Boats file through the breachway that connects the Harbor of Refuge to Point Judith Pond. Photo by Tom Richardson

Point Judith is commonly considered a stopover for transient boaters heading to more glamorous ports along the coast or as a jumping-off point for trips to Block Island, some 12 miles south. However, the curious boater who chooses to spend some time here will find a few good reasons to stick around.

Point Jude is really 3 ports rolled into one. Galilee, on the east side of the pond, is a long-established commercial port, home to huge draggers, lobsterboats,

Sat map of Point Judith

the Block Island ferry and a large fleet of party- and charterboats. On the other side of the pond is Snug Harbor, where you’ll find several marinas that serve as headquarters for the area’s numerous recreational fishermen and boaters. Lastly, there’s the handful of marinas and yacht clubs on the Upper Pond, in the town of Wakefield.


Point Judith Pond itself is a 1,777-acre, 3 1/2-mile-long estuary where fresh water from the Saugatuckett River blends with salt water from the ocean. The result is a marvelously rich ecosystem that serves as home and nursery for an enormous array of marine life, from seaworms and mummichogs to quahogs and winter flounder. Many species of waterfowl depend on the pond, as well, and the expansive marshes on its eastern edge are a popular spot for birdwatching, especially during the spring and fall migration periods.

Read the story Point Judith Fishing Information

The pond is a maze of shallow bars and narrow channels best explored in a small boat, canoe or kayak, although a deep channel leads 3 miles to the very northern end of the pond. The shallow area north of Plato Island in the center of the pond is a haven for adventurers, with plenty of room to drop anchor or beach canoes, skiffs, small sailboats and kayaks. It would be easy to spend a full weekend relaxing in the pond’s warm, protected coves—swimming, fishing, boating, quahogging or all of the above. Just be sure to stay clear of the oyster farms, which are marked by yellow floats.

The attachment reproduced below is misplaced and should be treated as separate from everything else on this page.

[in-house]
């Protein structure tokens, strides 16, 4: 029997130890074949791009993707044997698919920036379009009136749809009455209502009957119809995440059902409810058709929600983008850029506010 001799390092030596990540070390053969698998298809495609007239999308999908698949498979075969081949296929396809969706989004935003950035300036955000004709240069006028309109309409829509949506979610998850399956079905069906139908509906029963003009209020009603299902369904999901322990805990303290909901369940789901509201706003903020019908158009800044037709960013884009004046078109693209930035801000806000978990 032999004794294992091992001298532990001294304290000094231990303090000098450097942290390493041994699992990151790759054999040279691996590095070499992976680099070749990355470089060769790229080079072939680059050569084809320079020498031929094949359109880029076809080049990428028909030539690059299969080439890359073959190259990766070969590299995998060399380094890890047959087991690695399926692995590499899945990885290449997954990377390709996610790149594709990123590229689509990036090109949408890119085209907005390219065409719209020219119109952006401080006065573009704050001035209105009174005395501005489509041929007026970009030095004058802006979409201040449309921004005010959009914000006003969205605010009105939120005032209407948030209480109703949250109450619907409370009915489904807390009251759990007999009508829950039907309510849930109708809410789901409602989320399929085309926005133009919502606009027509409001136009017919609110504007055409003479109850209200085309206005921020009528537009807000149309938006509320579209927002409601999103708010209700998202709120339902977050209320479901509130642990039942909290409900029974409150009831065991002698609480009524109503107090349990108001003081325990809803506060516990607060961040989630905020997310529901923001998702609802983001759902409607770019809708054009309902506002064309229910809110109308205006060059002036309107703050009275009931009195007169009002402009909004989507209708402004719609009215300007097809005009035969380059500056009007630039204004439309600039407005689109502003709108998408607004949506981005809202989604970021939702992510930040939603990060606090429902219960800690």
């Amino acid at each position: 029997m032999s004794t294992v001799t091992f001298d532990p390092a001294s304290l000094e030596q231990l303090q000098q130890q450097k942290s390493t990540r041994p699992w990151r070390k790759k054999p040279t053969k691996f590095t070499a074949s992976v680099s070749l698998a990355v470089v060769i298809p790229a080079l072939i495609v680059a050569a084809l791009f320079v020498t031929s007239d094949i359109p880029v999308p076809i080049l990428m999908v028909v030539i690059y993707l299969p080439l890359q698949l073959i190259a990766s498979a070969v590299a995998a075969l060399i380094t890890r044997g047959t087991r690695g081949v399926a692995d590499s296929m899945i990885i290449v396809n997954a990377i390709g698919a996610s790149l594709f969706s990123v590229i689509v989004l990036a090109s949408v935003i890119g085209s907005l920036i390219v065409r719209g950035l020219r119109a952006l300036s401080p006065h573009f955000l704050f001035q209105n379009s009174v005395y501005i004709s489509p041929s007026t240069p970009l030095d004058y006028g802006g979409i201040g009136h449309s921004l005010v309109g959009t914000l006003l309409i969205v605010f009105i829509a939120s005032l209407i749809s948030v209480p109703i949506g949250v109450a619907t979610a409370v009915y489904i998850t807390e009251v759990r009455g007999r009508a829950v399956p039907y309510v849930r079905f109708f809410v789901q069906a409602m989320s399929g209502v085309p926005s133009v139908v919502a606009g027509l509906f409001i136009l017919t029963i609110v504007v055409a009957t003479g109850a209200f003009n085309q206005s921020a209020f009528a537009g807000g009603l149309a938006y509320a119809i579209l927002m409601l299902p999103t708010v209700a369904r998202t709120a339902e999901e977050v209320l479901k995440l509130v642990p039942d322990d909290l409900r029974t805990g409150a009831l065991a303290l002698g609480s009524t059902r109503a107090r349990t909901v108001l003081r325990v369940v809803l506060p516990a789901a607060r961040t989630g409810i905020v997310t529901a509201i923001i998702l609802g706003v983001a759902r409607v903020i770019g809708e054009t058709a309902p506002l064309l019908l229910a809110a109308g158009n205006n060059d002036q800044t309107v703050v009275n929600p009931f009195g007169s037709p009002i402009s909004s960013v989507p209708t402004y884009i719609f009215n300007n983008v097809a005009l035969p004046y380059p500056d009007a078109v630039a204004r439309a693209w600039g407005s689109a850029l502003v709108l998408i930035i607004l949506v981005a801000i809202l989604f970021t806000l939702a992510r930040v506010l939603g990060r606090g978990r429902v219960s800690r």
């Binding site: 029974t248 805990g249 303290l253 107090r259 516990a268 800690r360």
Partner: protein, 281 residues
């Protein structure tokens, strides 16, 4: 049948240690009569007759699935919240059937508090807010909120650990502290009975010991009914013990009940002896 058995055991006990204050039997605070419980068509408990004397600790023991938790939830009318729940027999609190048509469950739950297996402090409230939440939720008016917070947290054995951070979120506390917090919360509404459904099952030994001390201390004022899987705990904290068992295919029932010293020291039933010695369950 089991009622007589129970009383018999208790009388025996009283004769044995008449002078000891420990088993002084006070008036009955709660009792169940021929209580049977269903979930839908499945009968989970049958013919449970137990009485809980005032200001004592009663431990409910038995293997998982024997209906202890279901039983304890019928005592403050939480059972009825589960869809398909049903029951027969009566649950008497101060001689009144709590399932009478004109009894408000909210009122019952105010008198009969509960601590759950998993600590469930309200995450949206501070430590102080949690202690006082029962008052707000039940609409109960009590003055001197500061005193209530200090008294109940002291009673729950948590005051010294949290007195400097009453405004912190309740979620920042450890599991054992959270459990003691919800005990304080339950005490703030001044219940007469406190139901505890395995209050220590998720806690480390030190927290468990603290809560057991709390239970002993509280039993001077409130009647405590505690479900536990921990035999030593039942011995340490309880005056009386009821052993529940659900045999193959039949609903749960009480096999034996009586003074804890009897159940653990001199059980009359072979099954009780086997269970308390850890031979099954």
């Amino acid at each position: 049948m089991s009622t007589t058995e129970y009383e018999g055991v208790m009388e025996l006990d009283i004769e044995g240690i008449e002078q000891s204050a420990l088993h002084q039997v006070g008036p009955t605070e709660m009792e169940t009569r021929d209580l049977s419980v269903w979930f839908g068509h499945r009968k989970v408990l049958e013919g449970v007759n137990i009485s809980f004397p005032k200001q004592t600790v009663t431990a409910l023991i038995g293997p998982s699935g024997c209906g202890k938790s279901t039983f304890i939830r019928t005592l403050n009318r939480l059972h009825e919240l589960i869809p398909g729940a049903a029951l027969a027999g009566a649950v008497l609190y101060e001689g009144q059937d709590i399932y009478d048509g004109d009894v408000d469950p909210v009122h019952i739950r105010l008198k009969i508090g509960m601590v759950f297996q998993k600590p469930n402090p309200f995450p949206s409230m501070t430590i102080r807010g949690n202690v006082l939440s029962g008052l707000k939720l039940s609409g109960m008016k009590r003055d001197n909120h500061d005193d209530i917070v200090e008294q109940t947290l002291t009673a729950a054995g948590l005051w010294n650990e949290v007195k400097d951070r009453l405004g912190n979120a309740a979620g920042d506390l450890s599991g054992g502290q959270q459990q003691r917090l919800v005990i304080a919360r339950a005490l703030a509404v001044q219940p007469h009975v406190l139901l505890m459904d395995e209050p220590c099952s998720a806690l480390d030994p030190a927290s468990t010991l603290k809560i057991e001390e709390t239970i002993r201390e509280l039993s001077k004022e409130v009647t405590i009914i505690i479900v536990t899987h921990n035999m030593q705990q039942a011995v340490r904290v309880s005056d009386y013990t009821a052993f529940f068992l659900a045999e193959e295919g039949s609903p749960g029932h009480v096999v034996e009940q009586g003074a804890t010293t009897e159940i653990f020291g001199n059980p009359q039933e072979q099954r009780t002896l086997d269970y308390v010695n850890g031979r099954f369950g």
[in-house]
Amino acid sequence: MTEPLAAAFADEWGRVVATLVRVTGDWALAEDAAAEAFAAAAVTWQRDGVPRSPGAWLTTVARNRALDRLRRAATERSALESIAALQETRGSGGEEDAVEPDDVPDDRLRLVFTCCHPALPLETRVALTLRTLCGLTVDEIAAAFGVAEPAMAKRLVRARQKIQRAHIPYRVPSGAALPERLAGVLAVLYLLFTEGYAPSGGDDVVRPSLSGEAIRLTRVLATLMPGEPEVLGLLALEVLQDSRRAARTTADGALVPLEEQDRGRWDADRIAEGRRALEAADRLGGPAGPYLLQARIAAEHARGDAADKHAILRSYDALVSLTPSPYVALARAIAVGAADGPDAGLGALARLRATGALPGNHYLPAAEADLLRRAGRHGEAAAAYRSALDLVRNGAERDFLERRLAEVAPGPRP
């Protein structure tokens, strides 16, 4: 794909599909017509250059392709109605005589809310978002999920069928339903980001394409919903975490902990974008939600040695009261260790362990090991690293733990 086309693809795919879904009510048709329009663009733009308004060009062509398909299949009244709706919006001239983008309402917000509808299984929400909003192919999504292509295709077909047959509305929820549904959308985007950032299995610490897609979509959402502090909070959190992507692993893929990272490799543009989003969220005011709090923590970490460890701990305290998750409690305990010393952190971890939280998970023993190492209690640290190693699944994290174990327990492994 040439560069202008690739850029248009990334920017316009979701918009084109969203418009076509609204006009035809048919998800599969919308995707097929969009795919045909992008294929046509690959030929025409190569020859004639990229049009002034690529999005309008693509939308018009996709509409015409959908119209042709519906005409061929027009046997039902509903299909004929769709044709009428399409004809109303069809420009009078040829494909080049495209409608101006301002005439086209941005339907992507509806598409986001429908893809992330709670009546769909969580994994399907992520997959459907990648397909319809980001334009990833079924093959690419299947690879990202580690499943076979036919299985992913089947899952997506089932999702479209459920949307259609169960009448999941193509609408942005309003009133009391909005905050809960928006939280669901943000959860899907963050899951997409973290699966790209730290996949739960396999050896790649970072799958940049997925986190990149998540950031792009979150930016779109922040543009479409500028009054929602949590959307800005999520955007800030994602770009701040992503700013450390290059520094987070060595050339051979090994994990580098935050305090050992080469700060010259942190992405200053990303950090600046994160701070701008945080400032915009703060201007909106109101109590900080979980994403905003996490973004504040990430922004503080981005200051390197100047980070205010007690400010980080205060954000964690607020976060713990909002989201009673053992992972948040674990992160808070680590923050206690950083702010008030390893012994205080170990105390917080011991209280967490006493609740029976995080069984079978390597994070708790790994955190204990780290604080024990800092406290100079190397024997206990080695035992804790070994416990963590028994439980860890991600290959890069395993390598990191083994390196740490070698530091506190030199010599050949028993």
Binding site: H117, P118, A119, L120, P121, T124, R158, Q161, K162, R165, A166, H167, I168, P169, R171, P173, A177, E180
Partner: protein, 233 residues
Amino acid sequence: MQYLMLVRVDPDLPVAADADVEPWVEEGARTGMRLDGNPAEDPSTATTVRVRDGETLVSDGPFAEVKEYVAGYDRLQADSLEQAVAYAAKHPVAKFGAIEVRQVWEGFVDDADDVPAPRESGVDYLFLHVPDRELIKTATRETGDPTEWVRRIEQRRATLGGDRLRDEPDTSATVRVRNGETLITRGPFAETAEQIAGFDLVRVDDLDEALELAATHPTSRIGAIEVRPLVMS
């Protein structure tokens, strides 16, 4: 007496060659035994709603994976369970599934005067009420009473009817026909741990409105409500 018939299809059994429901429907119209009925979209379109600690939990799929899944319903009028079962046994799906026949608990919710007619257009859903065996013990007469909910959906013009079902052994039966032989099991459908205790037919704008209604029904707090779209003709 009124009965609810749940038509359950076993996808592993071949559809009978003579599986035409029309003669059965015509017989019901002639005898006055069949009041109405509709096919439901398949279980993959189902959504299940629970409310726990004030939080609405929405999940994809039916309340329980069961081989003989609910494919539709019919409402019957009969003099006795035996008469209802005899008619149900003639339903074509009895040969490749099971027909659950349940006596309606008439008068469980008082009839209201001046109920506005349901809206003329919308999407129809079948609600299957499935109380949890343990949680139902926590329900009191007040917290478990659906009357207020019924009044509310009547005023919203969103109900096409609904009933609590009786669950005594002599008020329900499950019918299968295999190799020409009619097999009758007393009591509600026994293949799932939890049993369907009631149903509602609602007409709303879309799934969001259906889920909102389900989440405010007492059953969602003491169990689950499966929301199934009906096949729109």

The breachway has existed since the last ice age…

The popular transient anchorage north of Plato is marked by white floats. To access the anchorage, follow the channel until you are just north of Plato Island (don’t take the shortcut, or you’ll hit a mudflat), then cut across to the anchorage between Plato and Gardner Islands. At dead low tide, the water is only 4′ deep between the channel and the 7′ anchorage, so deeper-draft boats should run north of the islands and cut into the anchorage between Gardner and Beach Islands.

Boaters can access the pond through via several launch ramps or through the busy inlet, also known as the breachway. The 15′-deep, 150′-wide breachway is the environmental and commercial lifeblood of Point Judith. It can also be a chaotic place, especially during the summer when it’s plied by hundreds of vessels each day.

The breachway has existed since the last ice age, although the natural inlet was widened and reinforced with riprap in the early 1900s to accommodate the increasing number of fishing vessels in Galilee. In the mid-’30s, a nearly 3-mile-long, semicircular breakwater made of granite boulders was constructed to create a harbor of refuge for commercial traffic between New York and Boston—although by the time it was finished so was the heyday of coastal shipping. Nevertheless, the breakwater wasn’t a complete waste of time and money, as it does a fine job of protecting the breachway, Salty Brine and Roger Wheeler Beaches, and the cottage community of Breakwater Village to the east from the full force of the sea, as well as providing an excellent anchorage for transient boaters stopping in Point Judith.

Galilee, on the east bank of the pond, is home to all types of commercial fishing vessels. Photo by Tom Richardson
A boater launches at the state ramp in Galilee. Photo by Tom Richardso